Students helping shape our astronomical future

The future of astronomy

Every Friday we hold a Dominion Radio Astrophysical Observatory (DRAO) science meeting.

At the moment, these are mainly done using Zoom. After the usual organizational stuff that starts all staff meetings, the rest of the time is dedicated to project and science reports, where people report on what they are up to and what interesting new scientific findings they have made.

Much of this part of the meeting covers reports by students who are working at DRAO. Some of them are co-op students, where working terms at the observatory are part of their degree studies. Others are graduate students, working towards their doctorates. Finally there are some post-doctoral students. These are people who got their doctorates recently and are at the launching point in their careers as scientists.

They are all at DRAO because their career plans involve not only pure research, but also gaining experience on working with radio telescopes and the data they produce and the design and operation of the instruments we attach to those telescopes when making observations.

These are the people who will define the future course of Canadian astronomy, and play a key role in implementing the new instrumentation needed for working at the astronomical frontiers.

Most astronomers are "pure” researchers. They do not have a close relationship with instrumentation. Questions arising during their work lead to the need for new observations. To address this, they look at observing facilities around the world to determine which of them has the instrumentation to address those questions.

These days this is normally done by referring to the observatory web sites. They then apply for observing time, and if the applications are approved, the observations are carried out.

It used to be that the astronomer needed to be at the observatory to oversee the observations, but since the operation of modern telescopes is now exclusively done by trained on-site staff, the researcher usually stays home and receives the data over the Internet.

The astronomical community as a whole settles on the "big questions" we should be looking at over coming decades. But it requires scientists who understand telescopes and instrumentation to turn those questions into equipment that can be used to address them.

This is where those students come in. They, and their peers, will make sure Canada remains in the forefront of instrument design. Without them, we will be mere passengers on the astronomy ship. With them, we help design and build the ship and help set the course.

There is another angle. Modern astronomy works at the cutting edge of technology, digital signal processing and imaging. This includes antenna design and development of high-sensitivity receivers, software and computing equipment. Much of this is applicable outside astronomy, for example in communications, medical and other imaging, environmental sensing and consumer electronics. A lot of the equipment is built by industry, transferring knowledge that can be used to develop new products and devices.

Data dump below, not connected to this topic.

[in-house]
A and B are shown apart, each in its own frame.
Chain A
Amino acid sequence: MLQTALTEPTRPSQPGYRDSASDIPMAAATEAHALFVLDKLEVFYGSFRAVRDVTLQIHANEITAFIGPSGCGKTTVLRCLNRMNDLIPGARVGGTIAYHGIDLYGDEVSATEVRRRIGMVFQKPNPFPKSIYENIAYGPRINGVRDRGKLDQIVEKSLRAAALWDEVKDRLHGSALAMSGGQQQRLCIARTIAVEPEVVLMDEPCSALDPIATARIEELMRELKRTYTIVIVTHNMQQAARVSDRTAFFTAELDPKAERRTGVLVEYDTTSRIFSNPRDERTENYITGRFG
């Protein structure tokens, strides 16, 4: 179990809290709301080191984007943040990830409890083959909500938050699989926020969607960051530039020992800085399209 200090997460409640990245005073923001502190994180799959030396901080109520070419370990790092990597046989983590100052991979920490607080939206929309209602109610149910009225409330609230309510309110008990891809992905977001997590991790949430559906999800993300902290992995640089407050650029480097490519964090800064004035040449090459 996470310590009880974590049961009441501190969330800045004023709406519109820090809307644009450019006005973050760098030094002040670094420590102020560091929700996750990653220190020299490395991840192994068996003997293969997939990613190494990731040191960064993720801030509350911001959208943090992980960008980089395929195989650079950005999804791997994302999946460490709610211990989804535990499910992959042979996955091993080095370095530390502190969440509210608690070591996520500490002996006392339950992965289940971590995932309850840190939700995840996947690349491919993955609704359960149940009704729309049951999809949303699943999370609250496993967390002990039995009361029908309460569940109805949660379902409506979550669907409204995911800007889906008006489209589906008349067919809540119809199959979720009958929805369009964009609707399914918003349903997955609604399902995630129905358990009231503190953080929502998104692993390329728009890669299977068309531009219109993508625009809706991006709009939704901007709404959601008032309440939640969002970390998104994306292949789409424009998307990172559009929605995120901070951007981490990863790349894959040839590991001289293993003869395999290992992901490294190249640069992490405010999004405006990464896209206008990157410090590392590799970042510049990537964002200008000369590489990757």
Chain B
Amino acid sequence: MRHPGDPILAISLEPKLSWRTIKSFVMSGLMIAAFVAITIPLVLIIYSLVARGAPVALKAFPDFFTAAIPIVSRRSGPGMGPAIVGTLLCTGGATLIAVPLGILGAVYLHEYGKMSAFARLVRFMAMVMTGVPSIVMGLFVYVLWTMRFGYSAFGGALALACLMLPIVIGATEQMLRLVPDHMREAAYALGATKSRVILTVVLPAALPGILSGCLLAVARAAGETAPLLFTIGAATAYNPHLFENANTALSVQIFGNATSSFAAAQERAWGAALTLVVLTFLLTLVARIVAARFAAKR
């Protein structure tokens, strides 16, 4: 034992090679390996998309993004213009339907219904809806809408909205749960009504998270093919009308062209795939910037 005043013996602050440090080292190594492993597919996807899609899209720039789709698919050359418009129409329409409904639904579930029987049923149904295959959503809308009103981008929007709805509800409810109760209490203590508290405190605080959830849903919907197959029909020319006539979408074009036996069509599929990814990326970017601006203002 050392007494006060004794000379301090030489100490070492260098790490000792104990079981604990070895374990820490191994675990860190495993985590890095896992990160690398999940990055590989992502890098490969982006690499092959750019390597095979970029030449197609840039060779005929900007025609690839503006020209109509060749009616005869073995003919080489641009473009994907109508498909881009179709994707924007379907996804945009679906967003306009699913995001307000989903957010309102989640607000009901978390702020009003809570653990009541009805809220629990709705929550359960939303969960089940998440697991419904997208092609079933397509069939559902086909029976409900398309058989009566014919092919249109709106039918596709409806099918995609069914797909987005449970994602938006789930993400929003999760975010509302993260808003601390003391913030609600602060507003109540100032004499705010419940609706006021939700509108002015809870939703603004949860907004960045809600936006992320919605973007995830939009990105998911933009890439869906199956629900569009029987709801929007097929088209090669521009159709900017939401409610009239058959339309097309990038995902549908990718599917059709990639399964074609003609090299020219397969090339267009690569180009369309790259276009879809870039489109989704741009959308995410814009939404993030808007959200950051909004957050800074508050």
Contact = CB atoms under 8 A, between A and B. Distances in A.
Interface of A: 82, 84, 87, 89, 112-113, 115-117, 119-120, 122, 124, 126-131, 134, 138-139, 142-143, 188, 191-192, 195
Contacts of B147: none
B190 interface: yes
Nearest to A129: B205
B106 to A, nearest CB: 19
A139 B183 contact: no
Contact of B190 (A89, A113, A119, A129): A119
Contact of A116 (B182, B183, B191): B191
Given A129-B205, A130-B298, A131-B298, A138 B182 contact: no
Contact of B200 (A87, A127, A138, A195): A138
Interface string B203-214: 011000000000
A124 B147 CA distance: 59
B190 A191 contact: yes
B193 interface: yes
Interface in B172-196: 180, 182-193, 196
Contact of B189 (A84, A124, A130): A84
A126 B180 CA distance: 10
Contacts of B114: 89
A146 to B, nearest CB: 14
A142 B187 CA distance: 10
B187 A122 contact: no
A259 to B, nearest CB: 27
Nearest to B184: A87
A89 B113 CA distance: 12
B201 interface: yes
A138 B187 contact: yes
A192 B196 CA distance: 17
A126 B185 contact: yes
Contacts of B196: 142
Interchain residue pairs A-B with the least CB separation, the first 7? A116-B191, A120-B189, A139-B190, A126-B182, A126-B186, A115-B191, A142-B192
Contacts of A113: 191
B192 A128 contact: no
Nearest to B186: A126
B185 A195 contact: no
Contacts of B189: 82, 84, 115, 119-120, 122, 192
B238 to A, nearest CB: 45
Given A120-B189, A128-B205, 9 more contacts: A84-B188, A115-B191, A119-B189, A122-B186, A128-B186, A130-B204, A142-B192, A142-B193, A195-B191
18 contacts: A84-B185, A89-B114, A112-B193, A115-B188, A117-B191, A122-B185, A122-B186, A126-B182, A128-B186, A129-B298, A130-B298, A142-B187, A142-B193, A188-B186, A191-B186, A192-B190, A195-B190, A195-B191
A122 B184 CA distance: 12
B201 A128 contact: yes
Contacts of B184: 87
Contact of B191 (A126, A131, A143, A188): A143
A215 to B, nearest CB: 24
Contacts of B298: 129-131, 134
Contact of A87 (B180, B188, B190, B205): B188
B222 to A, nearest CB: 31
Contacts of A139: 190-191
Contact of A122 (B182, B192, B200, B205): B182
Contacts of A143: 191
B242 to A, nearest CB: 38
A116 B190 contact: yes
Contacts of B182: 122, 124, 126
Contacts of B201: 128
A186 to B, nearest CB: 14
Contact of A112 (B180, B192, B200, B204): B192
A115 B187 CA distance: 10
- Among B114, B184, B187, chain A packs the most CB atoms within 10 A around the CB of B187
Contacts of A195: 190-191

Today, most front-line astronomical facilities are international collaborations. Canada is a partner in several of them, contributing technology and operational support.

DRAO is a purely national facility, which means we decide what it does and which way it will evolve. This also gives us flexibility as to how we can address the training of future technically literate astronomers and astronomically literate engineers.

A big plus is that the techniques and devices developed by the students and “post-docs” are often tested and deployed at DRAO. This helps the observatory stay relevant in an age where scientific discovery is moving faster than at any time in our history.


• Mercury lurks low in the dawn glow, with Venus higher and brighter. To Venus' right, lie Mars and Jupiter, close together, then Saturn.

• The Moon will be full on June 14, and the last quarter visible on June 20.

This article is written by or on behalf of an outsourced columnist and does not necessarily reflect the views of Castanet.

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About the Author

Ken Tapping is an astronomer born in the U.K. He has been with the National Research Council since 1975 and moved to the Okanagan in 1990.  

He plays guitar with a couple of local jazz bands and has written weekly astronomy articles since 1992. 

Tapping has a doctorate from the University of Utrecht in The Netherlands.

[email protected]

The views expressed are strictly those of the author and not necessarily those of Castanet. Castanet does not warrant the contents.

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